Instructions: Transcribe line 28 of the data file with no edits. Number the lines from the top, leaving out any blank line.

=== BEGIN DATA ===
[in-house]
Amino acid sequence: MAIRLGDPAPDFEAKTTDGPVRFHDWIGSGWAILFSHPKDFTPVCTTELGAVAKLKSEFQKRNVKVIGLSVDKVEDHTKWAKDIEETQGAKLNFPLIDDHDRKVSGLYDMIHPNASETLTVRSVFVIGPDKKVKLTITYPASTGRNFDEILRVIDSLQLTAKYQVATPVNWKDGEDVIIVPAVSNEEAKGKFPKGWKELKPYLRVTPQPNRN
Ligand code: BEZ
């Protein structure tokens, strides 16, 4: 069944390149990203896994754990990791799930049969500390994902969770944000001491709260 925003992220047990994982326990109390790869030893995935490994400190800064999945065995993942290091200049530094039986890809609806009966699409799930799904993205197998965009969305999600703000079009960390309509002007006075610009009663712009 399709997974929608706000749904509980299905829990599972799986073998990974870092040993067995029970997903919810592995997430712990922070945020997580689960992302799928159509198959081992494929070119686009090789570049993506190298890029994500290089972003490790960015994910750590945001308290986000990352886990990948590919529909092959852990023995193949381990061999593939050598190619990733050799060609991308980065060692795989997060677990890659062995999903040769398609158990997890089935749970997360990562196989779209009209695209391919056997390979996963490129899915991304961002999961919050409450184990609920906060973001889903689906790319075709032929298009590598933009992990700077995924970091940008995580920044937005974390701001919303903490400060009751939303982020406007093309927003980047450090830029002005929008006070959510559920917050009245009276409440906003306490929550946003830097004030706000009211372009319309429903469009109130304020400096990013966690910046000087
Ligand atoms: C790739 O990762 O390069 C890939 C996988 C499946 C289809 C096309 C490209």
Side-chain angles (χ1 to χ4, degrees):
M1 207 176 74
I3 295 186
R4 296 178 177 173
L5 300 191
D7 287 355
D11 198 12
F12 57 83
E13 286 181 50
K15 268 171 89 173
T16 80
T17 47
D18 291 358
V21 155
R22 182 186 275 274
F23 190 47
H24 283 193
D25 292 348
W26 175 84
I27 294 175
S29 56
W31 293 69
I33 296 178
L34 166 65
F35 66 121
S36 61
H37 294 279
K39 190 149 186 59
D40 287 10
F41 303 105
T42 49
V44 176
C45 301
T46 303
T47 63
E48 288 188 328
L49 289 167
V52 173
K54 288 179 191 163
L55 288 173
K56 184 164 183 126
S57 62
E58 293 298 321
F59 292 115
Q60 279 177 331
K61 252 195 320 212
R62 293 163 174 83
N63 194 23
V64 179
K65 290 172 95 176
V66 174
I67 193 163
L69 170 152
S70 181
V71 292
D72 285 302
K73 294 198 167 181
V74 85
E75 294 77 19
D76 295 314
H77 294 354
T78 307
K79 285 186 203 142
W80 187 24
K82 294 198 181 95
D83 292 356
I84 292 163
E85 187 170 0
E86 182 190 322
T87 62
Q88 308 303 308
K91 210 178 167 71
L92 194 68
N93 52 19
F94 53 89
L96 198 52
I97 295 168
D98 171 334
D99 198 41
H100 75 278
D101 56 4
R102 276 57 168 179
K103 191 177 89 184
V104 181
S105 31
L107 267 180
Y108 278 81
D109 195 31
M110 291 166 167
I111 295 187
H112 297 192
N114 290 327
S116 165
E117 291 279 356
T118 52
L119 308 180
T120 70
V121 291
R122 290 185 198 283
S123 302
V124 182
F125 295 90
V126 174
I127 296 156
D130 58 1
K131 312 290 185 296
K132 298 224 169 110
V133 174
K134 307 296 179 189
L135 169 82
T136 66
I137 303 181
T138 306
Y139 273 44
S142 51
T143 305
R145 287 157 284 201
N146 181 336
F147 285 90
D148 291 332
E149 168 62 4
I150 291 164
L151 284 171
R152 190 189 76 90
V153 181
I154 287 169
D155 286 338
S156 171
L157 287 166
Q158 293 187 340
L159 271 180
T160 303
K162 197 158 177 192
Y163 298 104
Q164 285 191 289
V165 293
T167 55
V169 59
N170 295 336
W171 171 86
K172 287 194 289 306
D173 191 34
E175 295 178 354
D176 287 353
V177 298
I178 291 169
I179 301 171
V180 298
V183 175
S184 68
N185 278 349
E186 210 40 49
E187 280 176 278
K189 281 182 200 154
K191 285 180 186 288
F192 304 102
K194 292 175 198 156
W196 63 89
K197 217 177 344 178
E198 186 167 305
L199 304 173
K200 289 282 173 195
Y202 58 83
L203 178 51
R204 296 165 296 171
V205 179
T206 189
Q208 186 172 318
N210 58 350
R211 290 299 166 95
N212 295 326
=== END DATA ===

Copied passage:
I33 296 178